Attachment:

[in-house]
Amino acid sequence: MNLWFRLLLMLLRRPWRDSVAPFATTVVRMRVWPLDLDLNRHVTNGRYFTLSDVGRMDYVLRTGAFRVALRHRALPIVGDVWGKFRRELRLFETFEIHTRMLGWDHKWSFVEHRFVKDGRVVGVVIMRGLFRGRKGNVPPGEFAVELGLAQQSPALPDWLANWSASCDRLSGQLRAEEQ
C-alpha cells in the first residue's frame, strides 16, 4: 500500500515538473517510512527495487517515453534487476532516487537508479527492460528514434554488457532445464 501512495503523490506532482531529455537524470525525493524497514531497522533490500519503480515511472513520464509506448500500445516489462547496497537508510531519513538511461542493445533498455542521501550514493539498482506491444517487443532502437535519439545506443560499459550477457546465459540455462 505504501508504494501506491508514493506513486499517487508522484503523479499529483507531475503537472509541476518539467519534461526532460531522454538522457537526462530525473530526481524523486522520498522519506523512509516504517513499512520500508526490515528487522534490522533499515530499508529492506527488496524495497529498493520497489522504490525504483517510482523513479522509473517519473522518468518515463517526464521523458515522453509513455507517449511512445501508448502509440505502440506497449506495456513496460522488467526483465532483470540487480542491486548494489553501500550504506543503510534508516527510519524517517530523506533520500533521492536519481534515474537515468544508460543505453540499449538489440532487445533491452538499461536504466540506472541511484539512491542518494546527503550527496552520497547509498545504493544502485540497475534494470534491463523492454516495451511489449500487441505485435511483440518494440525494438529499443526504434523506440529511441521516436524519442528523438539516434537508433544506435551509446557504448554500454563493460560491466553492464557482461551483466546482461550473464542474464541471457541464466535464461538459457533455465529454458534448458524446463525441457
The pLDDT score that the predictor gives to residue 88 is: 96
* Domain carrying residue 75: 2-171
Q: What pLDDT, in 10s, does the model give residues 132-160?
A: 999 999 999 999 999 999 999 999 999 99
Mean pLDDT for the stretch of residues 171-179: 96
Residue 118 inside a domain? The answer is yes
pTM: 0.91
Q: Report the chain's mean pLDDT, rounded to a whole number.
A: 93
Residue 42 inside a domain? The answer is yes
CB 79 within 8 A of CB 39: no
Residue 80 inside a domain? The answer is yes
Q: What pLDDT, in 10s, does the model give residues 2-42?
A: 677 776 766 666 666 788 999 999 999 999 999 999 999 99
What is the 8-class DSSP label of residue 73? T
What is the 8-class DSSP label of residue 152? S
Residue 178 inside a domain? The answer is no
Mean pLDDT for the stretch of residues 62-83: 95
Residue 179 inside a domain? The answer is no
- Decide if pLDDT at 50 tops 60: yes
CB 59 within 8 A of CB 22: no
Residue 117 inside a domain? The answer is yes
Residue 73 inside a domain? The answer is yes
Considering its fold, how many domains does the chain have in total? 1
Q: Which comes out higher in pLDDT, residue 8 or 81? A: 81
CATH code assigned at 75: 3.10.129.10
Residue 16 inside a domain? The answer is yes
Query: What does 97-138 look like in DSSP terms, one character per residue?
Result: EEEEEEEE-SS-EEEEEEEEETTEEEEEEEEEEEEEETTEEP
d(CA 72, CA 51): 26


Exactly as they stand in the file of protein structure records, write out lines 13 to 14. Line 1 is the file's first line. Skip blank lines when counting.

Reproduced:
Residue 42 inside a domain? The answer is yes
CB 79 within 8 A of CB 39: no